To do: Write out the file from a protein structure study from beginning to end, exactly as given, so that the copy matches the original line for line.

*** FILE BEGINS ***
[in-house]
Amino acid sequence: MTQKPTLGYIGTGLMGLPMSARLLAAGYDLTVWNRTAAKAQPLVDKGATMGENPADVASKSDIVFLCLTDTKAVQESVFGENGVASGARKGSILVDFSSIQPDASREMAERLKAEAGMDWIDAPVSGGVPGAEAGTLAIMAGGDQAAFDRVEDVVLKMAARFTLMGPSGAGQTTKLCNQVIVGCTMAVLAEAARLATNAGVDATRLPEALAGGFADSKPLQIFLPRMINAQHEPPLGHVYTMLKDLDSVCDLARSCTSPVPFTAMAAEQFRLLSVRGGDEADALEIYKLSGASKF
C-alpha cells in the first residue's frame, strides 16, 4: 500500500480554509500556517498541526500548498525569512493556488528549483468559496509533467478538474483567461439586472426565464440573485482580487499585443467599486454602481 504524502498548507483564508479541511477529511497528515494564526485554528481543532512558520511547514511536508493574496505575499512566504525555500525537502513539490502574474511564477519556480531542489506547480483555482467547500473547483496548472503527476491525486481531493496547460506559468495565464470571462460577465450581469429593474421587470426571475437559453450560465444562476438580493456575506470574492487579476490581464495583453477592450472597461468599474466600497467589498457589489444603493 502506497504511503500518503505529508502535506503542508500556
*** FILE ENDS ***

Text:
[in-house]
Amino acid sequence: MTQKPTLGYIGTGLMGLPMSARLLAAGYDLTVWNRTAAKAQPLVDKGATMGENPADVASKSDIVFLCLTDTKAVQESVFGENGVASGARKGSILVDFSSIQPDASREMAERLKAEAGMDWIDAPVSGGVPGAEAGTLAIMAGGDQAAFDRVEDVVLKMAARFTLMGPSGAGQTTKLCNQVIVGCTMAVLAEAARLATNAGVDATRLPEALAGGFADSKPLQIFLPRMINAQHEPPLGHVYTMLKDLDSVCDLARSCTSPVPFTAMAAEQFRLLSVRGGDEADALEIYKLSGASKF
C-alpha cells in the first residue's frame, strides 16, 4: 500500500480554509500556517498541526500548498525569512493556488528549483468559496509533467478538474483567461439586472426565464440573485482580487499585443467599486454602481 504524502498548507483564508479541511477529511497528515494564526485554528481543532512558520511547514511536508493574496505575499512566504525555500525537502513539490502574474511564477519556480531542489506547480483555482467547500473547483496548472503527476491525486481531493496547460506559468495565464470571462460577465450581469429593474421587470426571475437559453450560465444562476438580493456575506470574492487579476490581464495583453477592450472597461468599474466600497467589498457589489444603493 502506497504511503500518503505529508502535506503542508500556